Supporting smoking cessation

A guide for health professionals
Group or individual counselling
☰ Table of contents

There is clear evidence that both individual counselling (RR 1.39; 95% CI: 1.24–1.57)145 and group counselling (RR 1.98; 95% CI: 1.60–2.46)146 increase quit rates over approaches where there is minimal support.

Individual counselling typically involves weekly face-to-face meetings between a smoker and a counsellor trained in smoking cessation over a period of at least 4 weeks after the quit date and is normally combined with pharmacotherapy. Group behaviour therapy involves scheduled meetings (typically 4–8) where smokers receive information, advice and encouragement and some form of behavioural intervention.144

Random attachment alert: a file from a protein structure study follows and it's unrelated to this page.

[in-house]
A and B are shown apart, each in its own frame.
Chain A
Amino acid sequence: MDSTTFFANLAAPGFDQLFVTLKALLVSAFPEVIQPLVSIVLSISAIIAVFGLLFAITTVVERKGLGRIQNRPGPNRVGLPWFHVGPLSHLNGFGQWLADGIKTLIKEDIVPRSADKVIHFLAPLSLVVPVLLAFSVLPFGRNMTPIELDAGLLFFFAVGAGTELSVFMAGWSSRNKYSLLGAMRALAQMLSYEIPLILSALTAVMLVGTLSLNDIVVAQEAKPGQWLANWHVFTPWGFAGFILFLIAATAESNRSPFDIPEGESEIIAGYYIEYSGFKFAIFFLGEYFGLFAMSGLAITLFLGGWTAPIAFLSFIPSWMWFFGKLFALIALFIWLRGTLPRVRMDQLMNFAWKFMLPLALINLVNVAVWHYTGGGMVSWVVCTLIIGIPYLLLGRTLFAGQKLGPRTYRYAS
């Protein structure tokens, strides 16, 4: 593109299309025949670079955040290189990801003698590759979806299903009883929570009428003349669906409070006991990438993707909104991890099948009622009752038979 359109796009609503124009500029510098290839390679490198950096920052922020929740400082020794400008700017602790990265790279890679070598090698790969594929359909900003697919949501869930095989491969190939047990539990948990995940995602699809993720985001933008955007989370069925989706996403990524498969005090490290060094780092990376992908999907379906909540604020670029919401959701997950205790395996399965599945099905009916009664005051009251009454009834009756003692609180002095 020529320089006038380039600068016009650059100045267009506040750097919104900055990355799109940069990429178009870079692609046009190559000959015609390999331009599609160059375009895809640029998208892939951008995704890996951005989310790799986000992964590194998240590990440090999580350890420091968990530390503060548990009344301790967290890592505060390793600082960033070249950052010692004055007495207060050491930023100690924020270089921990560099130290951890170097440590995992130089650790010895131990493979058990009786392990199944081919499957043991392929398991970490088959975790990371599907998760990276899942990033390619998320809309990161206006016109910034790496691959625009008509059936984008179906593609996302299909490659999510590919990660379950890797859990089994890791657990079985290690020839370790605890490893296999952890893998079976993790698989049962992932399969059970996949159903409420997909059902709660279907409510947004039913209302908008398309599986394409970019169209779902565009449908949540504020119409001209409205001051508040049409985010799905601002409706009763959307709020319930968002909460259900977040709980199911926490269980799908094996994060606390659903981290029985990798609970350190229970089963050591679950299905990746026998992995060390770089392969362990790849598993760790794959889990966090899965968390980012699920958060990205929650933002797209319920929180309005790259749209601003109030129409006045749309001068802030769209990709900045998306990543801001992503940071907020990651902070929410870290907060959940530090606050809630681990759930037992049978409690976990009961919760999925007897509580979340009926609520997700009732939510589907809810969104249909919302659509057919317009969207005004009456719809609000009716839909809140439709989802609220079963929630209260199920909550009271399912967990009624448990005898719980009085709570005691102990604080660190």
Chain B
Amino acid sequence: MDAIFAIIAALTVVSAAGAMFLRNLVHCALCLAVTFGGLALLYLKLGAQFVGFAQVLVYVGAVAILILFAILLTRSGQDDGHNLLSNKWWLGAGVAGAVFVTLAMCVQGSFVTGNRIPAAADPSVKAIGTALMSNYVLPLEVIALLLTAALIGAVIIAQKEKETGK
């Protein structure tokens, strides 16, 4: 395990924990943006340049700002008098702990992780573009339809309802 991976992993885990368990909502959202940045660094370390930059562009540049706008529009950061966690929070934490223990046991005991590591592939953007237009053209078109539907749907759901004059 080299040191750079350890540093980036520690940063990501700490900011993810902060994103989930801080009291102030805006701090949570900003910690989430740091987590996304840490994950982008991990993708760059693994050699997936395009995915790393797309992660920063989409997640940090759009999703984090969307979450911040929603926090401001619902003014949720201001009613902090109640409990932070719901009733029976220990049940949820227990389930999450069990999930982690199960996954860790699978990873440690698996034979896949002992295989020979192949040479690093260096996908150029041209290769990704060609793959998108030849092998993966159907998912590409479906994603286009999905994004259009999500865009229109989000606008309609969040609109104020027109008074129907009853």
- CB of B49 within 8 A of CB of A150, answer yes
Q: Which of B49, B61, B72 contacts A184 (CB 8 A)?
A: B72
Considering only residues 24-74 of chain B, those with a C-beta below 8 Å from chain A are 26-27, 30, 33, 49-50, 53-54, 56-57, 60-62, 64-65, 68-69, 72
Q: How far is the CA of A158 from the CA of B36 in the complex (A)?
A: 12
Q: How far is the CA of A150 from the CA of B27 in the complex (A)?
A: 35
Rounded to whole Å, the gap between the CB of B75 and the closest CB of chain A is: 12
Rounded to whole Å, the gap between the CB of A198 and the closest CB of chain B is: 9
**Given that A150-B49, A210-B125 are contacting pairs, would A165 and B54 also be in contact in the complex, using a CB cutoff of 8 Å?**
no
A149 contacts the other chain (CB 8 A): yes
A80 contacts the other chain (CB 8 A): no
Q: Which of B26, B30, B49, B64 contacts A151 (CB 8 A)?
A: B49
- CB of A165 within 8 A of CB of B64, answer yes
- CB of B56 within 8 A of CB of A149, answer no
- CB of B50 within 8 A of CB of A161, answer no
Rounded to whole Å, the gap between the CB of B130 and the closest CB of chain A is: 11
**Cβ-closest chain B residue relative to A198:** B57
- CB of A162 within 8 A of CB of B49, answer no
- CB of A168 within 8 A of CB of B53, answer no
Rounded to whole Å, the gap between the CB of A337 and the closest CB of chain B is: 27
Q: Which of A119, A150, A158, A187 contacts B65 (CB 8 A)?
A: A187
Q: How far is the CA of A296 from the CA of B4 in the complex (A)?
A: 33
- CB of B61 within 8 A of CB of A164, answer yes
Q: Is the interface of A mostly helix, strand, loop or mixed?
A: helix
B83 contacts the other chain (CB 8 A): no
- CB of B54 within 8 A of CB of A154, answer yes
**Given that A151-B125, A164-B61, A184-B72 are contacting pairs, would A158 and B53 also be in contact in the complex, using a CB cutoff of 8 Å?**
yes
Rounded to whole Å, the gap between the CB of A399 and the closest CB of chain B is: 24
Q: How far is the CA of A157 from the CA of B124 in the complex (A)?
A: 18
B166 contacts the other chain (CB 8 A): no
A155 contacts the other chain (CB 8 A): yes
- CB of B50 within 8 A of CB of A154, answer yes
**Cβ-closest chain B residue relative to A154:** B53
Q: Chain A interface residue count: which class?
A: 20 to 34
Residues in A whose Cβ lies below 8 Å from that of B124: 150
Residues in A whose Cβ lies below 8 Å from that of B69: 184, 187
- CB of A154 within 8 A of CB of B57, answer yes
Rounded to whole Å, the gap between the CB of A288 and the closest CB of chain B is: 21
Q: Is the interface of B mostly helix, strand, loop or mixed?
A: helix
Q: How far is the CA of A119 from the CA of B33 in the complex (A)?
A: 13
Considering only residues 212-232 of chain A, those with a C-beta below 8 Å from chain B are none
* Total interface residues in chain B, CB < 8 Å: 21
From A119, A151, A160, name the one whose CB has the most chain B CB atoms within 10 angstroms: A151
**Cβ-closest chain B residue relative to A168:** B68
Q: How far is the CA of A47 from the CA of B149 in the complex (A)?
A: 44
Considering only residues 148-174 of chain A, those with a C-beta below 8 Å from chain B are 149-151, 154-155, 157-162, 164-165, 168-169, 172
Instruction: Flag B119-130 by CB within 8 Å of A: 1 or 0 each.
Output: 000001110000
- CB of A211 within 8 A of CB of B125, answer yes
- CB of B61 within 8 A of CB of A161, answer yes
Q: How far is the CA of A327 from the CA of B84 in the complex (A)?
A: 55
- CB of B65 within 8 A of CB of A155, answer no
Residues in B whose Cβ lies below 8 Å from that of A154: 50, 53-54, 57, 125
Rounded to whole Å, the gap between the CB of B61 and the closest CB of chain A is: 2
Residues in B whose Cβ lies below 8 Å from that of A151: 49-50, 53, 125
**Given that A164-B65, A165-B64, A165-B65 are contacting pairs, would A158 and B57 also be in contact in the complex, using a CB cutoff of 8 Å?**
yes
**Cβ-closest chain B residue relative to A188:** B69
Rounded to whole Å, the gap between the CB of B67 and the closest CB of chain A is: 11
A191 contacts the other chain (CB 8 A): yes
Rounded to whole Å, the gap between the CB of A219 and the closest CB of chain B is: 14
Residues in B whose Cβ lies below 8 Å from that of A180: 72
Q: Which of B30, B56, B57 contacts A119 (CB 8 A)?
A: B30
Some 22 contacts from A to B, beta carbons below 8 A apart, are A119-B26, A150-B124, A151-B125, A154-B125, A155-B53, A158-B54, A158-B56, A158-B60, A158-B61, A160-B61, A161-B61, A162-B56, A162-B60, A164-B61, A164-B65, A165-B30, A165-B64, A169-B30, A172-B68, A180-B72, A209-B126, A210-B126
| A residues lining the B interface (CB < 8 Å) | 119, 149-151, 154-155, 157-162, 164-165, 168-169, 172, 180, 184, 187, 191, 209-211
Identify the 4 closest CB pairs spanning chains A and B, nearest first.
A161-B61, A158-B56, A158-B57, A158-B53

Counselling should include practical advice consisting of problem solving and skills training, and social support as part of the treatment. Group techniques, which focus on skills training and provide mutual support, can also be effective for those who find this method appropriate.54

In some states, quitlines keep registers of local support programs led by approved providers.

  1. Richmond RL, Zwar NA. Treatment of tobacco dependence. In: Boyle P, Gray N, Henningfield J, Seffrin J, Zatonski W, editors. Tobacco: science, policy and public health. 2nd edn. Oxford UK: Oxford University Press; 2010.
  2. National Institute for Health and Clinical Excellence. Public health guidance 10. Smoking cessation services in primary care, pharmacies, local authorities and workplaces, particularly for manual working groups, pregnant women and hard to reach communities. NICE, February 2008.
  3. Lancaster T, Stead LF. Individual behavioural counselling for smoking cessation. Cochrane Database Syst Rev 2005, Issue 2. Art. no. CD001292.
  4. Stead LF, Lancaster T. Group behaviour therapy programmes for smoking cessation. Cochrane Database Syst Rev 2005, Issue 2. Art. no. CD001007.


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